Those of us who have been through high school can say with confidence that it’s a nervewracking experience all on its own — as well as an ecosystem that runs on social hierarchy and the perceived notion of popularity. Often, the reason that high school becomes less of a struggle is that we stumble into finding our own spheres. For some, those bonds are forged in places like band or theater; for others, it happens on the baseball mound or the basketball court. But when it comes to the girls of the wunderkind soccer team featured front and center in Showtime’s new series Yellowjackets, their dynamic is tested in ways they never could have anticipated when a devastating plane crash strands them deep in the Canadian wilderness, leaving them forced to rely on themselves and each other. What’s more, the show from creators and EPs Ashley Lyle and Bart Nickerson dedicates itself to depicting dual timelines as we see the survivors of that incident 25 years later, still grappling with the nightmare of their experience — all while someone else might be sniffing around, trying to uncover the truth of what really happened out in those woods.
A common dilemma with a show like Yellowjackets, which structures itself around illustrating both past and present, is that one setting can end up being less compelling than the other. That’s definitely not the case here. While the adult versions of the Yellowjackets are portrayed by an undeniable bevy of stars — Melanie Lynskey, Tawny Cypress, Juliette Lewis, and Christina Ricci — the actors we follow in pivotal flashbacks to their teenage years are just as riveting to watch on-screen.
Sophie Nélisse infuses her role as the shy Shauna with quiet observation as well as an inward yearning to break out of her static existence and do something bold and daring for once. Sophie Thatcher proves to be particularly magnetic, playing the punkish Natalie with all the simmering energy of a barely-contained scream. And Sammi Hanratty is beyond unsettling as Misty, an assistant for the soccer team whose intentions for the wounded members of their party go way past the point of basic first-aid and start to veer into manipulative, Munchausen’s by proxy-like behavior. Rounding out the young cast with other strong presences like Liv Hewson (Santa Clarita Diet), Ella Purnell (Army of the Dead), and Courtney Eaton (Mad Max: Fury Road) means that you’ve got a show pretty much overflowing with talent.
Comparisons to Lord of the Flies might be inevitable considering the crux of the story, but where Yellowjackets succeeds as a survival drama is in the minutiae — and not shying away from the messy realities of what would happen when a group of young women is stuck out in the woods with only a limited amount of supplies and food (especially once their menstrual cycles all sync up). Those with a particular inclination toward learning critical skills assert their value immediately, but tensions rise between the survivors who are pitching in to help and the ones who are more concerned with finding batteries for their Walkmans. Relationships that might have already been frayed long before the crash took place are strained to their breaking point, while other teammates find themselves acting on long-simmering romantic feelings now that they’re out in the middle of nowhere with no one but the trees to keep their secrets. Meanwhile, a deeper threat seems to lurk in the darkest parts of the woods, something that the first six episodes provided to reviewers only, unfortunately, hints at in fits and starts — but as the pilot indicates, the biggest danger posed to these girls might just actually be each other.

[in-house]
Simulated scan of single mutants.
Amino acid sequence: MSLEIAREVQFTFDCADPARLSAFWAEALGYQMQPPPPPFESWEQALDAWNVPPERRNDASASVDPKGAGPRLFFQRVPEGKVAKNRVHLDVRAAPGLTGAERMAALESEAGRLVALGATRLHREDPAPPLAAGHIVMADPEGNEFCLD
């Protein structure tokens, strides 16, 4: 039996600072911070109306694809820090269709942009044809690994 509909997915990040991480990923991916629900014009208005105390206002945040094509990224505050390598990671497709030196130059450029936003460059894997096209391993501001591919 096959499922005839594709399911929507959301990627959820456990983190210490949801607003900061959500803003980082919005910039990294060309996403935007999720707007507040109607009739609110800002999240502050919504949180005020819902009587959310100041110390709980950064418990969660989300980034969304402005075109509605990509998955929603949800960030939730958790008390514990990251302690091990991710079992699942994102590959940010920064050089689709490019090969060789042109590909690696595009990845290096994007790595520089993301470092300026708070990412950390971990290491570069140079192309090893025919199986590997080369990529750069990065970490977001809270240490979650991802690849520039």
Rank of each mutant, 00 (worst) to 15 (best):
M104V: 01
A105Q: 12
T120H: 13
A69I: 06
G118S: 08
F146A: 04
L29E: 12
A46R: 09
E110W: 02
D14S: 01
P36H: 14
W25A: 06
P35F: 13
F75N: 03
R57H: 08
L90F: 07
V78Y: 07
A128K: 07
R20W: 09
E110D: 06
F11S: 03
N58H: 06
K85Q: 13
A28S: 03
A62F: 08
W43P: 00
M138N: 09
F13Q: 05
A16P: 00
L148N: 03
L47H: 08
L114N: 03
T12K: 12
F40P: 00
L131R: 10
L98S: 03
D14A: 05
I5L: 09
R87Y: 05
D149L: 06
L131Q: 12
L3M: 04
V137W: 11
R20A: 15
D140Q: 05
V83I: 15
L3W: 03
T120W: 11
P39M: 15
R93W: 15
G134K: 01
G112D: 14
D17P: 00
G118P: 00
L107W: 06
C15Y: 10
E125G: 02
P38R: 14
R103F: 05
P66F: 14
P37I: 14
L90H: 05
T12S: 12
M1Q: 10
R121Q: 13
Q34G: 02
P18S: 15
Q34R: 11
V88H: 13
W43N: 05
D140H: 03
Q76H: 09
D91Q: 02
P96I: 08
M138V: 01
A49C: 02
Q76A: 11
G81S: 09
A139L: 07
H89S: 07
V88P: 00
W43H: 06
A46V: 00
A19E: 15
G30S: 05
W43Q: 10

Fast-forwarding to the present day means that we already have a sense of who has lived and who might not have necessarily made it home — but the crash survivors, all grown-up, still have their own demons to grapple with. Public perception of what really occurred before the group was rescued is couched in a lot of vague buzzwords, especially because the now-adult Taissa (Cypress) has designs on a successful political career and any spilling of secrets could ruin her goal. Yet even while it’s clear that the adult Yellowjackets have mostly gone their separate ways — Natalie (Lewis) has done stints in and out of rehab, Shauna (Lynskey) is struggling in a dissatisfying marriage, and Misty (Ricci) is taking a little too much pleasure out of tormenting her patients at the local nursing home — they’re still linked together by their shared experience and trauma. There are moments of dark levity in this drama too; Lewis has an absolute knack for body comedy, and Ricci commits to her character’s questionable actions with a twisted glee. However, in the background, it seems that an unseen person isn’t content to let the past lie, and in the process, some who survived might wind up dead.
The mystery of the show, thus, becomes twofold too: what happened out in those woods 25 years ago, and why is someone attempting to uncover the truth now at deadly cost? There are times viewers might be more interested in the answer to one of those questions over the other, but Yellowjackets is worth taking that harrowing journey to find out.